Eminent domain matters dominated this month’s California Water Commission (CWC) meeting on August 17. The Department of Water Resources (DWR) was asking the Commission to approve a process for taking public comment when considering a “resolution of necessity” intended to lead to eminent domain proceedings. But the discussion covered much wider ground than just the public comment process.
Some background: A judge has told DWR that they can’t go onto people’s property to do geotechnical investigations (mostly test borings) with just a temporary entry permit because the investigations are too invasive and take too long. DWR has to get easements, and that involves eminent domain.
NOTE: As we go to print on this report, we have learned that on August 18, the Court of Appeal for the Third Appellate District issued a Stay of Entry Order, which will force a halt to the State’s entries and activities not just for drilling, but also for “environmental” investigations, pending appellate review of the merits. This is good news for Delta landowners.
Of course this all annoys the you-know-what out of DWR, which is already at the Court of Appeal challenging the trial court’s April 8 order telling it that it can’t drill with just a temporary entry permit, but instead needs to do a real condemnation action. Requiring easements for test borings means that DWR has to get a resolution of necessity from the CWC for each individual property. And the CWC isn’t supposed to consider a resolution of necessity for any project that isn’t authorized and funded.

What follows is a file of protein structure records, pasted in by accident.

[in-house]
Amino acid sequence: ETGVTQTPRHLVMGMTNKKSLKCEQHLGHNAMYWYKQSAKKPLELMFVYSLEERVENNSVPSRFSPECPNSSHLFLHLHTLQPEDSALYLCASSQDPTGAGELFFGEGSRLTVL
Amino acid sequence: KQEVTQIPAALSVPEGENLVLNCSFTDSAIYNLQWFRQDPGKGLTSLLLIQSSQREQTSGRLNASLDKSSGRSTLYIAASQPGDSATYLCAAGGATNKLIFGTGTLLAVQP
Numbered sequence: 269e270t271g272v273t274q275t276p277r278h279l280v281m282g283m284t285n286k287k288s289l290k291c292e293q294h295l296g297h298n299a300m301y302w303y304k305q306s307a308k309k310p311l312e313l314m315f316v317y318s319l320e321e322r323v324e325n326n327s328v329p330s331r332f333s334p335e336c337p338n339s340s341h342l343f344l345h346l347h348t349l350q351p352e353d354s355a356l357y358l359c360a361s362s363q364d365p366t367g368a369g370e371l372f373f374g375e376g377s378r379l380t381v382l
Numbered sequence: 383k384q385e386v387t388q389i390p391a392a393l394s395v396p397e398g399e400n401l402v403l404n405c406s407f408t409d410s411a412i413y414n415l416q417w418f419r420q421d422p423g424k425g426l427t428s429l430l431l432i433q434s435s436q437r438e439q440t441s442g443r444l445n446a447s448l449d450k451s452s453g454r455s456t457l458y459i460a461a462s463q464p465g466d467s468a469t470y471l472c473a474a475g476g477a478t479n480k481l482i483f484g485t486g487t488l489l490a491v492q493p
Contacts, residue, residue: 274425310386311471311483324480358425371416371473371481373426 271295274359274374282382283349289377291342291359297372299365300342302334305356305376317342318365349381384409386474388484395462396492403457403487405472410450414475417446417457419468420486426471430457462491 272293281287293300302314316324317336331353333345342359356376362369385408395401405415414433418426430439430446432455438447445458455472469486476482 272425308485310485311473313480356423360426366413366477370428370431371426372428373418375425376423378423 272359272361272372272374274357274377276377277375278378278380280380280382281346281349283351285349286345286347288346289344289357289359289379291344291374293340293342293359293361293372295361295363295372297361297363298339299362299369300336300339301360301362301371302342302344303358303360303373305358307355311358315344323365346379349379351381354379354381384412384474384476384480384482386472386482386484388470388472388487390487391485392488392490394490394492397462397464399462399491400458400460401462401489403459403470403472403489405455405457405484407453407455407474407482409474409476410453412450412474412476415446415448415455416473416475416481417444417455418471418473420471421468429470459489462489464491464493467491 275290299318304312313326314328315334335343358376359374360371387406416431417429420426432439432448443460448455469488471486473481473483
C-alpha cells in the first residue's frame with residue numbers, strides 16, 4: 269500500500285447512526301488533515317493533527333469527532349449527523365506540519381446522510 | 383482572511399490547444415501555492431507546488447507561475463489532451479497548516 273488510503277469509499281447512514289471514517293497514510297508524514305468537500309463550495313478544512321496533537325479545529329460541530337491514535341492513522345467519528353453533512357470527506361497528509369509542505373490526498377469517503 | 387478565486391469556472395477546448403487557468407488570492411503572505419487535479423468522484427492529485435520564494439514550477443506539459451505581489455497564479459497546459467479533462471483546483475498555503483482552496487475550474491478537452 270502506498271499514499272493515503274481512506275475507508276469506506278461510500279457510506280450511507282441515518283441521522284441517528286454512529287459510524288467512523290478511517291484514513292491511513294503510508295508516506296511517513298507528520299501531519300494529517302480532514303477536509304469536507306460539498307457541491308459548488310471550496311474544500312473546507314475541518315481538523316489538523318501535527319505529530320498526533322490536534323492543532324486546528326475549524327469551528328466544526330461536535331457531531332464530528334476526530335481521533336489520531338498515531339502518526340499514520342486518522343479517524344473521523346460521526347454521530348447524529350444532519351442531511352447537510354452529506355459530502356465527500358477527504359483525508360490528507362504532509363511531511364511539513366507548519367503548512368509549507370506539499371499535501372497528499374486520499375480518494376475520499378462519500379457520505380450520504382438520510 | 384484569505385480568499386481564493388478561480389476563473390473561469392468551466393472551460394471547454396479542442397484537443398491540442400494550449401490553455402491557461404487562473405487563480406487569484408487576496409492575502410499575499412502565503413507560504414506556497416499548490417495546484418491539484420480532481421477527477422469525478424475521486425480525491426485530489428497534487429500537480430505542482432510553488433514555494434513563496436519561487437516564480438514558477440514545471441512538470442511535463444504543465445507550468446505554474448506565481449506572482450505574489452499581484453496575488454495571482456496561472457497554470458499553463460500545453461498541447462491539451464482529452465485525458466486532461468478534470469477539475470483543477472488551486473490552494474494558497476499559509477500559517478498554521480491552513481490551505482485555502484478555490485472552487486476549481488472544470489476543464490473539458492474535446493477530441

We all know that the only reason for doing these investigations in the Delta is to design a tunnel to move water under the Delta as part of the Bay Delta Conservation Plan (BDCP). And we all know that the BDCP has been neither authorized nor funded.
That should be the end of it, for now. But DWR is arguing that they need the information from the test borings to come up with a BDCP that can be authorized and funded. So they have to present the geotechnical investigations as being themselves an authorized and funded project.
The California Environmental Quality Act (CEQA), makes it hard for DWR to make that case. Under CEQA, a project cannot be “segmented” but must be considered as a whole for purposes of an environmental impact report (EIR).
What DWR and the State Water Contractors should have done, according to Stockton attorney George Hartmann and others, was to do a programmatic EIR, which would have allowed them to address potential impacts in a general way.
In public comments, Hartmann, who has been litigating temporary entry permits on behalf of Delta reclamation districts, told the Commission that DWR is trying to use the CWC’s authority to do an end-run around what is going on in the courts. And Melinda Terry of the North Delta Water Agency pointed out that the temporary entry permits identify BDCP, not geotechnical drilling, as the “project.” She suggested that DWR seems to be circumventing the regular process required under CEQA and advised the CWC to get outside legal counsel (outside of DWR, that is) to advise them on what is allowed.
With DWR staff and counsel sitting on the dais with the commissioners, and with DWR staff preparing all the informational material and doing most of the briefings, it is hard to see how the CWC can do anything independently of DWR.